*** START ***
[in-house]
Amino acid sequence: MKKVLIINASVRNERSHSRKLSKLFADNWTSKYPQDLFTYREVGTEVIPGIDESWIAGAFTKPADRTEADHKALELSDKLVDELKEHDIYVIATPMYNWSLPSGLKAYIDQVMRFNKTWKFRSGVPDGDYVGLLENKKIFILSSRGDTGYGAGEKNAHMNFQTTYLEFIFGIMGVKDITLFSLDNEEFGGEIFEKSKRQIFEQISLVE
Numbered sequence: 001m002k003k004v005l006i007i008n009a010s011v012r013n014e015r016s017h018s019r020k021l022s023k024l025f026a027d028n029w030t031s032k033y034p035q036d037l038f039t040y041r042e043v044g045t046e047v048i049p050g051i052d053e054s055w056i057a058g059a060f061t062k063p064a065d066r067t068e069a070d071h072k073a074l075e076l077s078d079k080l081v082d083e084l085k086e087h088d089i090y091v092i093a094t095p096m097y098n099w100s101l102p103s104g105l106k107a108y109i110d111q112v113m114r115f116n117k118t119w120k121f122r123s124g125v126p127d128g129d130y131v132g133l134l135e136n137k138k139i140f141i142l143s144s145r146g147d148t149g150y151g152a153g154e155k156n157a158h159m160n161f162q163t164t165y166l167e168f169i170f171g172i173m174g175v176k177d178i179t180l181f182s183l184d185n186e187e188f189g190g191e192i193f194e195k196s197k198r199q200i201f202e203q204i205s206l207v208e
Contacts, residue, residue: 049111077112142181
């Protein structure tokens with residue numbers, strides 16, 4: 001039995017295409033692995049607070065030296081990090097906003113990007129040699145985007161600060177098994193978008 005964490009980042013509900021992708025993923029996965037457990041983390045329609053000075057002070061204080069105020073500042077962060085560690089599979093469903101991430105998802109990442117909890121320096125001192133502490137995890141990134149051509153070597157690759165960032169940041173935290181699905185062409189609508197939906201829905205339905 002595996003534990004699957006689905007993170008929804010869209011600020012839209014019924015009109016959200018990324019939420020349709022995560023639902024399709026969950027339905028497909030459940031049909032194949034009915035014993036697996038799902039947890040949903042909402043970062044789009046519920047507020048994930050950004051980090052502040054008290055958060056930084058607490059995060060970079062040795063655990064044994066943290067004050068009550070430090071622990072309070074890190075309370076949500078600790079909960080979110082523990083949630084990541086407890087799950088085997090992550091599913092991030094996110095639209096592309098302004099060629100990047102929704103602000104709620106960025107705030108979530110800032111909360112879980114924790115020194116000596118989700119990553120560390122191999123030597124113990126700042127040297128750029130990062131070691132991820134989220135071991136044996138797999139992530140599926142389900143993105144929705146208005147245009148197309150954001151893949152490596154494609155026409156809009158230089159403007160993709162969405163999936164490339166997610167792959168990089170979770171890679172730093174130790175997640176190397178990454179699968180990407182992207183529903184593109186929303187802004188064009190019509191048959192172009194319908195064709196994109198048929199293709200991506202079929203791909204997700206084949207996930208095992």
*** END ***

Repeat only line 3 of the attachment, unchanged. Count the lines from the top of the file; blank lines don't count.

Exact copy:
Numbered sequence: 001m002k003k004v005l006i007i008n009a010s011v012r013n014e015r016s017h018s019r020k021l022s023k024l025f026a027d028n029w030t031s032k033y034p035q036d037l038f039t040y041r042e043v044g045t046e047v048i049p050g051i052d053e054s055w056i057a058g059a060f061t062k063p064a065d066r067t068e069a070d071h072k073a074l075e076l077s078d079k080l081v082d083e084l085k086e087h088d089i090y091v092i093a094t095p096m097y098n099w100s101l102p103s104g105l106k107a108y109i110d111q112v113m114r115f116n117k118t119w120k121f122r123s124g125v126p127d128g129d130y131v132g133l134l135e136n137k138k139i140f141i142l143s144s145r146g147d148t149g150y151g152a153g154e155k156n157a158h159m160n161f162q163t164t165y166l167e168f169i170f171g172i173m174g175v176k177d178i179t180l181f182s183l184d185n186e187e188f189g190g191e192i193f194e195k196s197k198r199q200i201f202e203q204i205s206l207v208e